There is a proposed rule published in October 2022 that would change this to a 6-factor test. This approach would instead do away with prioritizing certain factors and instead focus on the multifactor economic reality where no one factor or factors carry more weight. This is intended to reduce the risk of misclassification in an increasingly gig economy.
What are the penalties for misclassifying a 1099 contractor?
Proper classification is essential to determine how you’ll pay a worker. If you get classification wrong, and call an individual a 1099 worker who is actually an employee, you could be liable for back employment taxes as well as substantial penalties, including:
- $50 for each W-2 that you didn’t file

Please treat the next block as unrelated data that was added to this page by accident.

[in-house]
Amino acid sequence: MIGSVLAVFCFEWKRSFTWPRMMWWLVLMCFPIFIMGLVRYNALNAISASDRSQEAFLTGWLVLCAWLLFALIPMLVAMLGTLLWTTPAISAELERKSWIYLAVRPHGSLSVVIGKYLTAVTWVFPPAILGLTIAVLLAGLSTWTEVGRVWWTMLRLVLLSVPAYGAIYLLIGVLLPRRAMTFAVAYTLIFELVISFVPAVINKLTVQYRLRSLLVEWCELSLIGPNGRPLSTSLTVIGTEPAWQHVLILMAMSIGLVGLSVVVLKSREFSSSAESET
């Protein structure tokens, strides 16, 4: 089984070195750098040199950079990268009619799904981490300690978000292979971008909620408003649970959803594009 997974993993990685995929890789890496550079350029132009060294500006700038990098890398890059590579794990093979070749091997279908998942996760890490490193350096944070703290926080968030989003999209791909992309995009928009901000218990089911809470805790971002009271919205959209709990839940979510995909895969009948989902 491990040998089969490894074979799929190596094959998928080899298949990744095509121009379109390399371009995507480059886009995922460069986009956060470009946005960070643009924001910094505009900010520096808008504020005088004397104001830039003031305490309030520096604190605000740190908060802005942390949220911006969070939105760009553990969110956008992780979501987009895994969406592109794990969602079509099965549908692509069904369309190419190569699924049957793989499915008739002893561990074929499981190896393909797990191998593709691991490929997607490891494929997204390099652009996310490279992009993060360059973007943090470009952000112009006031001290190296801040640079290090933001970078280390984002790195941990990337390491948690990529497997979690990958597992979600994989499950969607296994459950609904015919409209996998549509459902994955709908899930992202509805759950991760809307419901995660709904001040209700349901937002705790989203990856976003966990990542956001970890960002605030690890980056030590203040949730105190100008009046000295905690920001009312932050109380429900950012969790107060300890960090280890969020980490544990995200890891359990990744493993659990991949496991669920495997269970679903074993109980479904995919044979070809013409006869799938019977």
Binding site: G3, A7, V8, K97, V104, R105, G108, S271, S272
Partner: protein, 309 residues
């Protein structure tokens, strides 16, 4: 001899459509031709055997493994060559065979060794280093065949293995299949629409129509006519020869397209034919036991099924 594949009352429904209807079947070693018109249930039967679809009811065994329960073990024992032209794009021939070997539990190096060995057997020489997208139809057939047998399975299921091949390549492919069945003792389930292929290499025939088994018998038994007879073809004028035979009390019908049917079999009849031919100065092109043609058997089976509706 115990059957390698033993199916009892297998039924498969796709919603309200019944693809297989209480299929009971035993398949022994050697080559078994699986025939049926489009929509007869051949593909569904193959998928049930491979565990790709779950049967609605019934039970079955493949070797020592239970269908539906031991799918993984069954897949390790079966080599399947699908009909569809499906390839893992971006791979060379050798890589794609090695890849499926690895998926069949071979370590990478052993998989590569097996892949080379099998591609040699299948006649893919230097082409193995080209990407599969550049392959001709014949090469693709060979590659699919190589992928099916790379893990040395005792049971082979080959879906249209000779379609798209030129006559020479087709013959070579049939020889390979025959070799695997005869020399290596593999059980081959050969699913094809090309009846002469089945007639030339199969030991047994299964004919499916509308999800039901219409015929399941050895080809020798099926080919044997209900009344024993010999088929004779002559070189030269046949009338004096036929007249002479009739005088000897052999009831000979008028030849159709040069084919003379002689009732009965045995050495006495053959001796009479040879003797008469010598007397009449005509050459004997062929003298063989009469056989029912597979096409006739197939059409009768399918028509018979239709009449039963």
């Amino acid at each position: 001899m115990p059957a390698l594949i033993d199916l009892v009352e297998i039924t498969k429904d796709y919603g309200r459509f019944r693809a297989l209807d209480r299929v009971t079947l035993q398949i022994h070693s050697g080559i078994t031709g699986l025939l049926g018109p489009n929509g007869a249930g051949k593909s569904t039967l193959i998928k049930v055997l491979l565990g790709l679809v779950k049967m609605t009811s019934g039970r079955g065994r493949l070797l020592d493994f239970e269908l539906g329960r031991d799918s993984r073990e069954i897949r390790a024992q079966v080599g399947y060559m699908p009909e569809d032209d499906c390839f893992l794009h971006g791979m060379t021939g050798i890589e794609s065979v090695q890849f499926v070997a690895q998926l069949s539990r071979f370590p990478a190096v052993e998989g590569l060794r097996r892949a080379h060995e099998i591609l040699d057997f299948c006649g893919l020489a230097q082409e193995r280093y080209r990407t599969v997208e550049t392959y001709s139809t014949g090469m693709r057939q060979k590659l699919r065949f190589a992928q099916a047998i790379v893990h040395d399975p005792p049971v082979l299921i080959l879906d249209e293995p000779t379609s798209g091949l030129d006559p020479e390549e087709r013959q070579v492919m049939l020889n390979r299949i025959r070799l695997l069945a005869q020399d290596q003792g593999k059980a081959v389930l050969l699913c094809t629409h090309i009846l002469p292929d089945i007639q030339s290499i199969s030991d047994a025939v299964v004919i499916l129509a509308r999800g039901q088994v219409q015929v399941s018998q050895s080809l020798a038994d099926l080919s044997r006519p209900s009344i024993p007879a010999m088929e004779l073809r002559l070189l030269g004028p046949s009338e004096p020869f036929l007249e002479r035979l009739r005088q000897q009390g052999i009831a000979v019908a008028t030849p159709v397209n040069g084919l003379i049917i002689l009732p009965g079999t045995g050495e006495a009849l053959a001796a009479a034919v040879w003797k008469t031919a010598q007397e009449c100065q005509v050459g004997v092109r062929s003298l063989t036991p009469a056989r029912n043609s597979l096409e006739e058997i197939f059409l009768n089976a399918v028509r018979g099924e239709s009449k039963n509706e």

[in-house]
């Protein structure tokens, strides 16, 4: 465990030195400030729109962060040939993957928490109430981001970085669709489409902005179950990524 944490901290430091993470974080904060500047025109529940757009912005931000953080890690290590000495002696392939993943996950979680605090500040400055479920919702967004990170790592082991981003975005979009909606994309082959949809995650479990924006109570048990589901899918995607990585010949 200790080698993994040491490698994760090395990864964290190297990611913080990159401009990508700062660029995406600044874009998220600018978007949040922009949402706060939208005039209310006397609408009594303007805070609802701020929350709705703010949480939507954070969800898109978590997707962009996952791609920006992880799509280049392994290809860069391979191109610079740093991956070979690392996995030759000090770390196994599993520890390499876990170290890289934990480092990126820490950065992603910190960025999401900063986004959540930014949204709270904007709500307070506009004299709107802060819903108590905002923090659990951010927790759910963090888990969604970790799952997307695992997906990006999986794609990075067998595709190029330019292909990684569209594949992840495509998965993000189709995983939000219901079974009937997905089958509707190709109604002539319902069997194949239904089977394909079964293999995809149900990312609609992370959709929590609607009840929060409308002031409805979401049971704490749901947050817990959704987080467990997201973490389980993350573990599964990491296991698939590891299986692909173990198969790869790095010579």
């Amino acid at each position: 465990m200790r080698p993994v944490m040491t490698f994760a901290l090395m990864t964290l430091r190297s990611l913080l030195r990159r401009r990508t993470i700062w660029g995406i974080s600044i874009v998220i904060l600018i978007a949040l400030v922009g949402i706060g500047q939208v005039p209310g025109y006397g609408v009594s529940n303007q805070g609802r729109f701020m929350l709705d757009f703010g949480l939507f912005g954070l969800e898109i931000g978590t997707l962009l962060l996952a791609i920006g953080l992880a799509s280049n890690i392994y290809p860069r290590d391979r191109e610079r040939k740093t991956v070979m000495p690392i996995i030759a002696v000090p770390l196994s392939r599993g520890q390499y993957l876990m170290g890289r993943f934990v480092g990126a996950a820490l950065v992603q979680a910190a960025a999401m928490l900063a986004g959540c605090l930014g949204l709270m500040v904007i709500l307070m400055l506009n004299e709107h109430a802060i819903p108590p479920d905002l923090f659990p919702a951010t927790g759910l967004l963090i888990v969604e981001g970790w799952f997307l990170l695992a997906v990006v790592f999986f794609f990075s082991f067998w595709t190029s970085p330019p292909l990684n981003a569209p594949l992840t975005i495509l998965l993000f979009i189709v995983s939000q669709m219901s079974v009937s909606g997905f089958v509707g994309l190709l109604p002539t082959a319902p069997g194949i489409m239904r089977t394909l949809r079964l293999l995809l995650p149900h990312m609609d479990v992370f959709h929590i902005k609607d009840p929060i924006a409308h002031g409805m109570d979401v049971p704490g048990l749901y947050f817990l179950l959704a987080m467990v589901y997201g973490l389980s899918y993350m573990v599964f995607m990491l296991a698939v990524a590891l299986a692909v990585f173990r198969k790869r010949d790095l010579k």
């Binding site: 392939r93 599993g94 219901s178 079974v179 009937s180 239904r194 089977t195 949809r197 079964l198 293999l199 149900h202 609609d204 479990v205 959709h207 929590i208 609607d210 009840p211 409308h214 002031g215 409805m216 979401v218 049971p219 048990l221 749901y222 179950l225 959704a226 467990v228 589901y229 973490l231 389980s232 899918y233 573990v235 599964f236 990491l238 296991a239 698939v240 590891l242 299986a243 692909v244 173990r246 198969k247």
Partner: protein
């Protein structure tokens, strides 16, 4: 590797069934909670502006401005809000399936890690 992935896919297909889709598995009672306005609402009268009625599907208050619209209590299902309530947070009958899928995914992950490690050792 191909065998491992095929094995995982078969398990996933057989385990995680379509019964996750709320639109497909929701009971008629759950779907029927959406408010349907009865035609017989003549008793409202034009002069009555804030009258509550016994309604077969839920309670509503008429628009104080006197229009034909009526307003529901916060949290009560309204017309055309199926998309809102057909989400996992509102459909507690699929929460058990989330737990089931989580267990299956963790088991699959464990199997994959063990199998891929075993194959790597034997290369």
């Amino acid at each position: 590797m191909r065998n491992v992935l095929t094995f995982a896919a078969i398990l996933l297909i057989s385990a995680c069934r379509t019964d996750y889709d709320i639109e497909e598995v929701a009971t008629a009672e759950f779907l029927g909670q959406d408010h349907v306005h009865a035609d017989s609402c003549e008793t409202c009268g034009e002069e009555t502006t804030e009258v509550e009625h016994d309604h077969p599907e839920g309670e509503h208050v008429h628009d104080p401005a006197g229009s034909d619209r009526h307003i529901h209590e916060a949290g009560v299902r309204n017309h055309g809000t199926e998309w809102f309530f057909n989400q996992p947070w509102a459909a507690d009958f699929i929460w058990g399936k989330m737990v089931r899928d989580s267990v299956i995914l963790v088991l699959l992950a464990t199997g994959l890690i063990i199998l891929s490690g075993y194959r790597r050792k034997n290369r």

- A penalty of 3% of employee wages plus 40% of FICA taxes that weren’t withheld and 100% of the matching FICA taxes you’re responsible for
- A penalty of 0.5% of the unpaid tax liability per month up to 25% of the total tax liability
In addition to those penalties from the IRS, under the FLSA, you may be assessed penalties for unpaid overtime or minimum wage violations.
How do I pay an independent contractor?
When it comes to paying 1099 contractors, the most common ways to pay them would be by the hour or by the job. The next thing you’ll want to do is set their payment rate. Lastly, you’ll want to determine how often the contractors will submit their invoices for payment, such as every week or once a month.
Once you receive an invoice from a 1099 worker, the first thing you’ll want to do before you process it for payment is have your independent contractor fill out a Form W-9 that includes everything you need to pay them and report their earnings on a Form 1099 at the end of the year. For payment methods, you can decide what works best for you and your workers. For example, you may want to send a paper check or you may want to pay them via direct deposit.